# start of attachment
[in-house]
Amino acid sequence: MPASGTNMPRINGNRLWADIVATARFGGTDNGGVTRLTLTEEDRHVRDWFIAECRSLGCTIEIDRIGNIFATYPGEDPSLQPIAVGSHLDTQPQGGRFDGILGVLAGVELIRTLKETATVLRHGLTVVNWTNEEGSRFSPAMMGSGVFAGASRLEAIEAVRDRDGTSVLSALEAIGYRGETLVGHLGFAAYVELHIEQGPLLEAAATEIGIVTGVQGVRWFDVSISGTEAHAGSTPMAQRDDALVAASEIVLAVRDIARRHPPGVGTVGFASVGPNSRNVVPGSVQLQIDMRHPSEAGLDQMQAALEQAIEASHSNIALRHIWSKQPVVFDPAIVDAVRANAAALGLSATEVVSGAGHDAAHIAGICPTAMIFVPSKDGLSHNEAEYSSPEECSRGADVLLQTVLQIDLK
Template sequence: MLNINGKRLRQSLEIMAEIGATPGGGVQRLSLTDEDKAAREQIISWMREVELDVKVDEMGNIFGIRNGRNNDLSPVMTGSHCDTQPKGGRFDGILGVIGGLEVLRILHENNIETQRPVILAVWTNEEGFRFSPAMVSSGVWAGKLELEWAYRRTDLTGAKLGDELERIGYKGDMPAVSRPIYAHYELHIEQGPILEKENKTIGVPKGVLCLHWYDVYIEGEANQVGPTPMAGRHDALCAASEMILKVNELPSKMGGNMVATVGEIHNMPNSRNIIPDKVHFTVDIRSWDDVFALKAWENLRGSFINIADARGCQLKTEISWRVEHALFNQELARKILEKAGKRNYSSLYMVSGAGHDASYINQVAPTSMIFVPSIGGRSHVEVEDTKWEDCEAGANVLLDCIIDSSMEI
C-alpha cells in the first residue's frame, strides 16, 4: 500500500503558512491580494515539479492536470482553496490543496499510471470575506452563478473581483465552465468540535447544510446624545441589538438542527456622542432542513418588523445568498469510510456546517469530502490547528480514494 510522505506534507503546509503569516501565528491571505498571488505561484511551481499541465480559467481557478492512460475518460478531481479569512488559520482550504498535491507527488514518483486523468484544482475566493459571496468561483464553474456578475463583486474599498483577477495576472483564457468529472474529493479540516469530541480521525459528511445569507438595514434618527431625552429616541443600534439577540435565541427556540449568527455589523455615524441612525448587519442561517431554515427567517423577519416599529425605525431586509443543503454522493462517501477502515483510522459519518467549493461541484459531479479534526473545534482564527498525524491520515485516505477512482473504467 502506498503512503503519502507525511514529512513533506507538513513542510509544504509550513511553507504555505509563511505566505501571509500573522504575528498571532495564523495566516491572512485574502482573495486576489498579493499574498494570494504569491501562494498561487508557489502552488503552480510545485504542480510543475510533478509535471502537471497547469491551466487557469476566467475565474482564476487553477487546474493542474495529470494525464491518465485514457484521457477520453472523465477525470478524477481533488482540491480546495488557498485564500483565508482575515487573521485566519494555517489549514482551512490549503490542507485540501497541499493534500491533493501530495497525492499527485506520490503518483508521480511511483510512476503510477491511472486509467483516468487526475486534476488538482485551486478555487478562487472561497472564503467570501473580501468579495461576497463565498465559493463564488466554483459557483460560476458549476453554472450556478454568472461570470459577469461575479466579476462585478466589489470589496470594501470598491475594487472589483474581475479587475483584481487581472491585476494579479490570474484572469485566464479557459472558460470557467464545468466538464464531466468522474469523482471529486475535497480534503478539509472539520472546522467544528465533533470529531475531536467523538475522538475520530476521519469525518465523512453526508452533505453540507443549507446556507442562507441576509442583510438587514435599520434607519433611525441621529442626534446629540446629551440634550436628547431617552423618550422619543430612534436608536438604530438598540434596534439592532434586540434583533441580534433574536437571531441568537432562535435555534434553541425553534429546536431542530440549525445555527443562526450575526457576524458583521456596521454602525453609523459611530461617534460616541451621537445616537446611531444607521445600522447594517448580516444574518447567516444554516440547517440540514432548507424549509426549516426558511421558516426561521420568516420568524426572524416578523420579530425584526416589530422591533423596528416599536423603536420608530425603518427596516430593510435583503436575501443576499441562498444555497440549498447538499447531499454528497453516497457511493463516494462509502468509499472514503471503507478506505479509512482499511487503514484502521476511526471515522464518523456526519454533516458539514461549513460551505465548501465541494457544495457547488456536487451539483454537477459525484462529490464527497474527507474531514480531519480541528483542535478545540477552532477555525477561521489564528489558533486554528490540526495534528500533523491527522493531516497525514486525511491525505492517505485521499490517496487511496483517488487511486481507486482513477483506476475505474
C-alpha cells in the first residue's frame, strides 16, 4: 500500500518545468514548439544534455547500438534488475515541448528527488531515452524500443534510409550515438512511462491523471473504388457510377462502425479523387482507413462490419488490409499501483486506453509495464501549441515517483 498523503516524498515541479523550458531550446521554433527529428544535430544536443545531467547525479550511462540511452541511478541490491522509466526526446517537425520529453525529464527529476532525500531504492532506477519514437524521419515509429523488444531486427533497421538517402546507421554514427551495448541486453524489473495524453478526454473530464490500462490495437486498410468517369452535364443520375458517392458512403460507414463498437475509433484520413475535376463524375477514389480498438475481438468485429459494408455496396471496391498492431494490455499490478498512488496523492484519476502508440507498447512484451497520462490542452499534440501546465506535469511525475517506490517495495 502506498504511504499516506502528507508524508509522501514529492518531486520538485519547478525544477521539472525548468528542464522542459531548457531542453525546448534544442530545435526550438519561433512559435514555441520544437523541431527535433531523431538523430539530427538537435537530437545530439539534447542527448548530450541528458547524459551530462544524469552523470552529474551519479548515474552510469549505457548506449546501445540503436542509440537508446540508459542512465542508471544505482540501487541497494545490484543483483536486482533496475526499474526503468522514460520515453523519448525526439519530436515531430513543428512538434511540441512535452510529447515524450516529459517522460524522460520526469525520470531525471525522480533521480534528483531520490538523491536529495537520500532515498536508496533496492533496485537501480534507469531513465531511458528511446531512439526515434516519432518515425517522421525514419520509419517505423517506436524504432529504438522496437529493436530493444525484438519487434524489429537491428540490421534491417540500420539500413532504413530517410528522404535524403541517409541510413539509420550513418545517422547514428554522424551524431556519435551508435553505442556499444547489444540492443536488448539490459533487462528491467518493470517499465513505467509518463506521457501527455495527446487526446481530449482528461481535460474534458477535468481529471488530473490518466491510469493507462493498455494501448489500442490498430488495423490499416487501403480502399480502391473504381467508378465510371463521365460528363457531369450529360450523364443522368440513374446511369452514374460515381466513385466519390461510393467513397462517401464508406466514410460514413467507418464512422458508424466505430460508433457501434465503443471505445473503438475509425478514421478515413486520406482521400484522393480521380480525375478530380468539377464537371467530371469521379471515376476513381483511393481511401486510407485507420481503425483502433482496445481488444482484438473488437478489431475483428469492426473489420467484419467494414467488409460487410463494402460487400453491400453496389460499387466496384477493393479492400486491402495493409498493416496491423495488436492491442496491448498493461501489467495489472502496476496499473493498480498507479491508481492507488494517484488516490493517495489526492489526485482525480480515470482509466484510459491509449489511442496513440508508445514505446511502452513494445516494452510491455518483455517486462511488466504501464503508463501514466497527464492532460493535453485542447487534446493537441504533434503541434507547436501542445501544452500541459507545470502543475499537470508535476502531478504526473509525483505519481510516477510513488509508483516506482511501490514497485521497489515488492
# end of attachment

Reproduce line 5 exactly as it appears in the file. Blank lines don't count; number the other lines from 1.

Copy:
C-alpha cells in the first residue's frame, strides 16, 4: 500500500518545468514548439544534455547500438534488475515541448528527488531515452524500443534510409550515438512511462491523471473504388457510377462502425479523387482507413462490419488490409499501483486506453509495464501549441515517483 498523503516524498515541479523550458531550446521554433527529428544535430544536443545531467547525479550511462540511452541511478541490491522509466526526446517537425520529453525529464527529476532525500531504492532506477519514437524521419515509429523488444531486427533497421538517402546507421554514427551495448541486453524489473495524453478526454473530464490500462490495437486498410468517369452535364443520375458517392458512403460507414463498437475509433484520413475535376463524375477514389480498438475481438468485429459494408455496396471496391498492431494490455499490478498512488496523492484519476502508440507498447512484451497520462490542452499534440501546465506535469511525475517506490517495495 502506498504511504499516506502528507508524508509522501514529492518531486520538485519547478525544477521539472525548468528542464522542459531548457531542453525546448534544442530545435526550438519561433512559435514555441520544437523541431527535433531523431538523430539530427538537435537530437545530439539534447542527448548530450541528458547524459551530462544524469552523470552529474551519479548515474552510469549505457548506449546501445540503436542509440537508446540508459542512465542508471544505482540501487541497494545490484543483483536486482533496475526499474526503468522514460520515453523519448525526439519530436515531430513543428512538434511540441512535452510529447515524450516529459517522460524522460520526469525520470531525471525522480533521480534528483531520490538523491536529495537520500532515498536508496533496492533496485537501480534507469531513465531511458528511446531512439526515434516519432518515425517522421525514419520509419517505423517506436524504432529504438522496437529493436530493444525484438519487434524489429537491428540490421534491417540500420539500413532504413530517410528522404535524403541517409541510413539509420550513418545517422547514428554522424551524431556519435551508435553505442556499444547489444540492443536488448539490459533487462528491467518493470517499465513505467509518463506521457501527455495527446487526446481530449482528461481535460474534458477535468481529471488530473490518466491510469493507462493498455494501448489500442490498430488495423490499416487501403480502399480502391473504381467508378465510371463521365460528363457531369450529360450523364443522368440513374446511369452514374460515381466513385466519390461510393467513397462517401464508406466514410460514413467507418464512422458508424466505430460508433457501434465503443471505445473503438475509425478514421478515413486520406482521400484522393480521380480525375478530380468539377464537371467530371469521379471515376476513381483511393481511401486510407485507420481503425483502433482496445481488444482484438473488437478489431475483428469492426473489420467484419467494414467488409460487410463494402460487400453491400453496389460499387466496384477493393479492400486491402495493409498493416496491423495488436492491442496491448498493461501489467495489472502496476496499473493498480498507479491508481492507488494517484488516490493517495489526492489526485482525480480515470482509466484510459491509449489511442496513440508508445514505446511502452513494445516494452510491455518483455517486462511488466504501464503508463501514466497527464492532460493535453485542447487534446493537441504533434503541434507547436501542445501544452500541459507545470502543475499537470508535476502531478504526473509525483505519481510516477510513488509508483516506482511501490514497485521497489515488492